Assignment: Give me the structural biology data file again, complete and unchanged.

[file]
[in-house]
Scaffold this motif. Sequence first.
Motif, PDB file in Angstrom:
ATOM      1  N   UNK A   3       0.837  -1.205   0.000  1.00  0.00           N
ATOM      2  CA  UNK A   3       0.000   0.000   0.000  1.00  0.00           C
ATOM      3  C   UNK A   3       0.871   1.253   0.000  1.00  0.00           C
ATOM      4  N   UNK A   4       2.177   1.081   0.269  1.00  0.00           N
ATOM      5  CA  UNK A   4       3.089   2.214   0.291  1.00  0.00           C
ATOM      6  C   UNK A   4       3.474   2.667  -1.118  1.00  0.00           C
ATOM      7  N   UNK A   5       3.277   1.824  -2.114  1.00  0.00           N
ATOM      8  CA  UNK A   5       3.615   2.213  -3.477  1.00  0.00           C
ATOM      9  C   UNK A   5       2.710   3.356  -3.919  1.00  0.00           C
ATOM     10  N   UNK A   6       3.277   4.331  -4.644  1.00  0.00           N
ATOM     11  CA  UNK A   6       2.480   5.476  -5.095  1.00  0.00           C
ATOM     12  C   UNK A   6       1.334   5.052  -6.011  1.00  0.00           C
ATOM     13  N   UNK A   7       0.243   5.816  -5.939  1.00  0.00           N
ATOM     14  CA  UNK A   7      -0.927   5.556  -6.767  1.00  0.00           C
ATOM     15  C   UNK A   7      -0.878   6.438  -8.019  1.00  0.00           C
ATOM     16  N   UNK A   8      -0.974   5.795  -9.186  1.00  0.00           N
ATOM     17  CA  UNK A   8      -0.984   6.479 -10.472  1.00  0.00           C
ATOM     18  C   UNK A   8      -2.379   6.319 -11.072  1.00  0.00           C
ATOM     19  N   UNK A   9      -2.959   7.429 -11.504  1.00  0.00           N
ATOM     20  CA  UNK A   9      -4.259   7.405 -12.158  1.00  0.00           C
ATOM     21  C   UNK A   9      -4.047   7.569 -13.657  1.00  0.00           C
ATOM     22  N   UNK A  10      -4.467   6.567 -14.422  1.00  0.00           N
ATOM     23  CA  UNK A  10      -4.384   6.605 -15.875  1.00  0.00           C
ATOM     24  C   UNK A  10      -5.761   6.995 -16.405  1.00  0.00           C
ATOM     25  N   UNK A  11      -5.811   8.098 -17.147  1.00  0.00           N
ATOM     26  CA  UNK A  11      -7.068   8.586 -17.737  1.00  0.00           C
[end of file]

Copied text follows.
[in-house]
Scaffold this motif. Sequence first.
Motif, PDB file in Angstrom:
ATOM      1  N   UNK A   3       0.837  -1.205   0.000  1.00  0.00           N
ATOM      2  CA  UNK A   3       0.000   0.000   0.000  1.00  0.00           C
ATOM      3  C   UNK A   3       0.871   1.253   0.000  1.00  0.00           C
ATOM      4  N   UNK A   4       2.177   1.081   0.269  1.00  0.00           N
ATOM      5  CA  UNK A   4       3.089   2.214   0.291  1.00  0.00           C
ATOM      6  C   UNK A   4       3.474   2.667  -1.118  1.00  0.00           C
ATOM      7  N   UNK A   5       3.277   1.824  -2.114  1.00  0.00           N
ATOM      8  CA  UNK A   5       3.615   2.213  -3.477  1.00  0.00           C
ATOM      9  C   UNK A   5       2.710   3.356  -3.919  1.00  0.00           C
ATOM     10  N   UNK A   6       3.277   4.331  -4.644  1.00  0.00           N
ATOM     11  CA  UNK A   6       2.480   5.476  -5.095  1.00  0.00           C
ATOM     12  C   UNK A   6       1.334   5.052  -6.011  1.00  0.00           C
ATOM     13  N   UNK A   7       0.243   5.816  -5.939  1.00  0.00           N
ATOM     14  CA  UNK A   7      -0.927   5.556  -6.767  1.00  0.00           C
ATOM     15  C   UNK A   7      -0.878   6.438  -8.019  1.00  0.00           C
ATOM     16  N   UNK A   8      -0.974   5.795  -9.186  1.00  0.00           N
ATOM     17  CA  UNK A   8      -0.984   6.479 -10.472  1.00  0.00           C
ATOM     18  C   UNK A   8      -2.379   6.319 -11.072  1.00  0.00           C
ATOM     19  N   UNK A   9      -2.959   7.429 -11.504  1.00  0.00           N
ATOM     20  CA  UNK A   9      -4.259   7.405 -12.158  1.00  0.00           C
ATOM     21  C   UNK A   9      -4.047   7.569 -13.657  1.00  0.00           C
ATOM     22  N   UNK A  10      -4.467   6.567 -14.422  1.00  0.00           N
ATOM     23  CA  UNK A  10      -4.384   6.605 -15.875  1.00  0.00           C
ATOM     24  C   UNK A  10      -5.761   6.995 -16.405  1.00  0.00           C
ATOM     25  N   UNK A  11      -5.811   8.098 -17.147  1.00  0.00           N
ATOM     26  CA  UNK A  11      -7.068   8.586 -17.737  1.00  0.00           C